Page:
The hallways had darkened completely now as the night cycle had taken over. A faint blue light emanated from the edges along the ceiling, providing a twilight feeling to the corridors, the edges along the floor lit with dim white lights to provide some perspective. And there were the rose petals, tinted grayish-black from the evening darkness and floating weightless in the middle of the corridor.

Lendirl floated down the corridor, collecting the rose petals as she bounced weightless from one wall to the other, slowly working her way down. As one pocket filled with petals, she zipped it closed and began to fill another. She traveled down the long spine of the ship from the hub of the rotating habitat modules at the front back towards the engine and engineering section at the rear. After about ten minutes, she arrived at the end of the trail of rose petals: the door to engineering.

Lendirl paused, considering her next options. Should she go through the door? Turn around and put the whole strange incident behind her? Report it to one the Elders?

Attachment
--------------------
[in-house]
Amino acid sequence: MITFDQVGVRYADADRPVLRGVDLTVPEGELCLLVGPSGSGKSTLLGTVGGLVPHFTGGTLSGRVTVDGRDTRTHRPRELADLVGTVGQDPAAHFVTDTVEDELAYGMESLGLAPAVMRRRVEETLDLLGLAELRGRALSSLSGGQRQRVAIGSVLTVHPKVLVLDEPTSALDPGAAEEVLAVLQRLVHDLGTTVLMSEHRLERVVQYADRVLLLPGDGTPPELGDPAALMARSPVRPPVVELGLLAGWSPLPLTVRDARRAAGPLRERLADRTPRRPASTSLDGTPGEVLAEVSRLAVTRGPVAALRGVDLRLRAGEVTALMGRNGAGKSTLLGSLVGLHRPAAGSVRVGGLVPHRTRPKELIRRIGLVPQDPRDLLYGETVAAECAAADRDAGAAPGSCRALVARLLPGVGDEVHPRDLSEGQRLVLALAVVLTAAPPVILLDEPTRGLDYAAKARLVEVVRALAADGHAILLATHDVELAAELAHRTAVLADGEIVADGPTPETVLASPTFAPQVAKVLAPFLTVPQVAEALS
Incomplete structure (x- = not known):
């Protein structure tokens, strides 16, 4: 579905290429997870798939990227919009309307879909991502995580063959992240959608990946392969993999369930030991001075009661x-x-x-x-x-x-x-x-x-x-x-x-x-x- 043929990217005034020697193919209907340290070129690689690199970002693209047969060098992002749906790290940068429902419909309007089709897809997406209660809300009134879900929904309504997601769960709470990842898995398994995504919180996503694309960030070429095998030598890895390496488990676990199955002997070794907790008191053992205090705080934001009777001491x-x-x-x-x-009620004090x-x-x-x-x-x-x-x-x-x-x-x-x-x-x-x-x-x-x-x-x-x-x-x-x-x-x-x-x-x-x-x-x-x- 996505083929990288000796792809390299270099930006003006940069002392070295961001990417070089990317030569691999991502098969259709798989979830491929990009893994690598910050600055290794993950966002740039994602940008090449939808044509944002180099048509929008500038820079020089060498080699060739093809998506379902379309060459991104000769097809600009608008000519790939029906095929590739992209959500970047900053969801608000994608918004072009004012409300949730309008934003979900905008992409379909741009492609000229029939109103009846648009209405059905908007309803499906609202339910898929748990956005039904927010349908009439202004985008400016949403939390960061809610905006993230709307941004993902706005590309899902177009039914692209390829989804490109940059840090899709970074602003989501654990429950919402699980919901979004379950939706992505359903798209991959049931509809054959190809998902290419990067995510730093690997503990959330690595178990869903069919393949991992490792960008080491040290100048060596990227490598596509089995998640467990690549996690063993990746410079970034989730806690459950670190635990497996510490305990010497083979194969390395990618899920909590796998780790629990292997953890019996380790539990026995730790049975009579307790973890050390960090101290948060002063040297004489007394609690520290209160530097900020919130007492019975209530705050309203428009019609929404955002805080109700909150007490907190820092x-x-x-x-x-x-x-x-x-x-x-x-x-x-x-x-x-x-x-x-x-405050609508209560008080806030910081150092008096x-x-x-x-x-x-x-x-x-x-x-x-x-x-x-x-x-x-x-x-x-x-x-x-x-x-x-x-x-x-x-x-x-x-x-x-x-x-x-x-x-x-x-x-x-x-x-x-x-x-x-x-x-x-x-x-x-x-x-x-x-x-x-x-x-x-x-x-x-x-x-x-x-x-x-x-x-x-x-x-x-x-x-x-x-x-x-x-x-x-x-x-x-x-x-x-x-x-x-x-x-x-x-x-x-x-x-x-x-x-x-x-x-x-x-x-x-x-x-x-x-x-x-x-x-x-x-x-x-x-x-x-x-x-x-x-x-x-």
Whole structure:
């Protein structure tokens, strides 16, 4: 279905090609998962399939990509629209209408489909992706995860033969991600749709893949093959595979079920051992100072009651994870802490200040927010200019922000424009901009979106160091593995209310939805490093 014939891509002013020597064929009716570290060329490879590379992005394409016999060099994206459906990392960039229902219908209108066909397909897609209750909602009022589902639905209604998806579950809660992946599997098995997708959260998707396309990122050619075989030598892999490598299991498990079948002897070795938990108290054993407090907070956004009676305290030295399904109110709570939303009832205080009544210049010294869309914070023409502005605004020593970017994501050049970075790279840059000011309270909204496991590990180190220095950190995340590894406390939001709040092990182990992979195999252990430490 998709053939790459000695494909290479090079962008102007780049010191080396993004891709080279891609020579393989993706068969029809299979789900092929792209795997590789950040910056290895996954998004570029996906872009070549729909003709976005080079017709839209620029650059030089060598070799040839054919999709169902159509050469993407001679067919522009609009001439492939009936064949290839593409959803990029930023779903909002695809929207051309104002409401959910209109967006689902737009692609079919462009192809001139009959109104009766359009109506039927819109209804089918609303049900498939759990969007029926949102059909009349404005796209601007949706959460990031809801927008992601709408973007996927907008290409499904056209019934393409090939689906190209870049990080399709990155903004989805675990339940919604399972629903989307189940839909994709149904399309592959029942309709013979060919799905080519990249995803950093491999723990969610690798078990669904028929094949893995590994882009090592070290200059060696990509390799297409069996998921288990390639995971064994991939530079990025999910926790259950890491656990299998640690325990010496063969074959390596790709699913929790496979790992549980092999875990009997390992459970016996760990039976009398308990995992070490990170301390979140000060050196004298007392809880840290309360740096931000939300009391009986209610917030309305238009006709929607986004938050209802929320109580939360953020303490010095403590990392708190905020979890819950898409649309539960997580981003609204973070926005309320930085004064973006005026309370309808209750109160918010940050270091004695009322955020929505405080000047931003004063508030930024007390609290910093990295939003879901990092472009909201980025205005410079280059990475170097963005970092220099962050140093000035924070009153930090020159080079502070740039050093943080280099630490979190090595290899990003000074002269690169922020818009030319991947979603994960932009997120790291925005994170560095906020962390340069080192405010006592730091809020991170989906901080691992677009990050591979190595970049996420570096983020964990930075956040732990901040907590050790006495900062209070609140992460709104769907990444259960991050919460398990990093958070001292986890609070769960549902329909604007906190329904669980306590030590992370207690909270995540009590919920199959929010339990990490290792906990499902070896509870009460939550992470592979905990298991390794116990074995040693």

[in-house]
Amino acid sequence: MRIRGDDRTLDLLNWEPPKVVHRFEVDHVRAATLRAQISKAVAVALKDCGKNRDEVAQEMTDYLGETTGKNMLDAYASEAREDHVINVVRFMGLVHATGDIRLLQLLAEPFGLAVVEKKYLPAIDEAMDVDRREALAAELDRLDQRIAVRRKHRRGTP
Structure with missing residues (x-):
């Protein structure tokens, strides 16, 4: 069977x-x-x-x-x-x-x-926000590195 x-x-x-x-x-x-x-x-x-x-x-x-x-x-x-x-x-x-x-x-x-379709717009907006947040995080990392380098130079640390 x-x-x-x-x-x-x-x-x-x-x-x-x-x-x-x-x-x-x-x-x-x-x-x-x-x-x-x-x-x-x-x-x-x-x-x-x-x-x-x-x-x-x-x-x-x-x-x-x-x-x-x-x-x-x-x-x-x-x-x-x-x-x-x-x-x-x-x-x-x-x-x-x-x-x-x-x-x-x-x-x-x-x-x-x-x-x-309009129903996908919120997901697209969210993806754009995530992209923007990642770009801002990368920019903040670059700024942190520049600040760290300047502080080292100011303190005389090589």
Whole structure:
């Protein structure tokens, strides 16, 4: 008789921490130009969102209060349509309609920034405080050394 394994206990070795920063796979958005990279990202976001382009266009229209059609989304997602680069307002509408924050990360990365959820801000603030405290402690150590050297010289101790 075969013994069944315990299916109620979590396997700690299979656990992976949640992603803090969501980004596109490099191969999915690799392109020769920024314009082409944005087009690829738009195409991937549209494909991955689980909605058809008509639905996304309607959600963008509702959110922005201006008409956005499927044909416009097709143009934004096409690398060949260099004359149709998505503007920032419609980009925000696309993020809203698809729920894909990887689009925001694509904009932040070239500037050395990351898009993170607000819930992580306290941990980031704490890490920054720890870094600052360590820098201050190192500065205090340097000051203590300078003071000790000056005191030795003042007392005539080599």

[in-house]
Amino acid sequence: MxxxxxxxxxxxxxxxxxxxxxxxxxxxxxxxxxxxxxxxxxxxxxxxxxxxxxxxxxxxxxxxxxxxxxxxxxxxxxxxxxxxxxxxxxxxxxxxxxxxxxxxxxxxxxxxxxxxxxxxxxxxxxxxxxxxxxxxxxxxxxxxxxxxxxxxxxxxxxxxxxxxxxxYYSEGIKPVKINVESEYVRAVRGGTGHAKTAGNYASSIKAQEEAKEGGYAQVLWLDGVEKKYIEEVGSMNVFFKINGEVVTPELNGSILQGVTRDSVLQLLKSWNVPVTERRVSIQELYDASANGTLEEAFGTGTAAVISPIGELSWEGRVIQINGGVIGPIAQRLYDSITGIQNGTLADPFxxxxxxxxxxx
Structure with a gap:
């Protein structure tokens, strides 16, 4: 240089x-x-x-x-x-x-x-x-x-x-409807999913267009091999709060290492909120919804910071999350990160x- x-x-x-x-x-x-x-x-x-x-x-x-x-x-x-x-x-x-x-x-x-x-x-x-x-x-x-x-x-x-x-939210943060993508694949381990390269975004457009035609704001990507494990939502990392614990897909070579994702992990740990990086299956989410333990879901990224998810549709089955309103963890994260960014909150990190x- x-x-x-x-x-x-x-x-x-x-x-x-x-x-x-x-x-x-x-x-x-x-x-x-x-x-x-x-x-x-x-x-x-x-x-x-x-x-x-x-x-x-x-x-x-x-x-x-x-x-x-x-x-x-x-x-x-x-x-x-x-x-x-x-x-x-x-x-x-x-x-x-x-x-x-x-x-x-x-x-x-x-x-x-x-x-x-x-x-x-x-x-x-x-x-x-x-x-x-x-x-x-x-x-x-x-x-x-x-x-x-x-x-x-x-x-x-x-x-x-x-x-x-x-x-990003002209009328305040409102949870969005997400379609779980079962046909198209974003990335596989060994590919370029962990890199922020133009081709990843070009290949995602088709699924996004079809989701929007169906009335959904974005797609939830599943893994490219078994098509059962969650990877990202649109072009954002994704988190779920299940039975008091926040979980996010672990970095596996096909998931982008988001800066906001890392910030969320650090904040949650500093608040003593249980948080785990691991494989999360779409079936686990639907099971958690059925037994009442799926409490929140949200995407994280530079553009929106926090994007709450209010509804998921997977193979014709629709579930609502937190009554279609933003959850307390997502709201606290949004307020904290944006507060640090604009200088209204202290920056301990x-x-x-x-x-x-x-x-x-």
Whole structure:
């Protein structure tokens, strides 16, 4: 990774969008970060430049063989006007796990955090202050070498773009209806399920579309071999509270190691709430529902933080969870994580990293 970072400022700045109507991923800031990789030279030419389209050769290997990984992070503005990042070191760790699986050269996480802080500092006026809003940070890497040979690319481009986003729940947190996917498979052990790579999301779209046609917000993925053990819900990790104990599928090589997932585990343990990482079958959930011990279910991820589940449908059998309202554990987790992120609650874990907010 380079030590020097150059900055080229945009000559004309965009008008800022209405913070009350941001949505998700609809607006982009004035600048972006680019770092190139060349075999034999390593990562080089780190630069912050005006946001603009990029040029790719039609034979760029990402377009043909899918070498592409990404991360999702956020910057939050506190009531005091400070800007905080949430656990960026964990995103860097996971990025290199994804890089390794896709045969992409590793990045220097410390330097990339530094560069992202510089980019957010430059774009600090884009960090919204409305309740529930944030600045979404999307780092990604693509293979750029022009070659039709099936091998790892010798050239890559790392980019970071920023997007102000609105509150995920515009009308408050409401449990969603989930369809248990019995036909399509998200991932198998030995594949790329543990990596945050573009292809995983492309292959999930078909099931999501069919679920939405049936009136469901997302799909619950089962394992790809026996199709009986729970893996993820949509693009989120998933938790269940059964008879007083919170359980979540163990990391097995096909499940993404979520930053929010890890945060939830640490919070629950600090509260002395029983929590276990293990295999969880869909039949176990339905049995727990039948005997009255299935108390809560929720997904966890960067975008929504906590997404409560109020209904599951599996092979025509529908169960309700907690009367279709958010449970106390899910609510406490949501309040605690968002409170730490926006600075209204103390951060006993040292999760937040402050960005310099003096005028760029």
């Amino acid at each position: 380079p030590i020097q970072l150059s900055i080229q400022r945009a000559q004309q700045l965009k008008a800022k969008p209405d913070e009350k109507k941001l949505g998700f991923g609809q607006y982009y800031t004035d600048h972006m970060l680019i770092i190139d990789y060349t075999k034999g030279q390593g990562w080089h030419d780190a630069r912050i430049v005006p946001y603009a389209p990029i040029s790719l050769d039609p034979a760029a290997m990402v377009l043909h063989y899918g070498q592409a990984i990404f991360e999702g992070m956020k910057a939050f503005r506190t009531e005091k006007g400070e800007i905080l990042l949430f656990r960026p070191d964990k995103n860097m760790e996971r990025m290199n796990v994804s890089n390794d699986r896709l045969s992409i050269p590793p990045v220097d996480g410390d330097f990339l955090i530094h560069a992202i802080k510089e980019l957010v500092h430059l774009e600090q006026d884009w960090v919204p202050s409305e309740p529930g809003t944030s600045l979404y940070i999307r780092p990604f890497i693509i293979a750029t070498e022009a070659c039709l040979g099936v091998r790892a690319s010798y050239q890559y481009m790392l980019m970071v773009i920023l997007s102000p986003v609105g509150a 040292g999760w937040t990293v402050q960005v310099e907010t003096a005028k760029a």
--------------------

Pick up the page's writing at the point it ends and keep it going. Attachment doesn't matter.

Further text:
“What the heck. I’ve come this far É” she said softly, shrugging, and lifted the latch that opened the door to engineering. As she floated into the room, her first impression was that something was different. She didn’t come down here often - her job was working on the flight deck. But she remembered that the room was usually brightly lit at all times. Right now it was dark except for the blue-tinted environmental lighting, and even that had been dimmed.

Lendirl jumped as the heard the door being closed behind her, the latch clicking shut. She was now trapped in here with whoever had lead her here.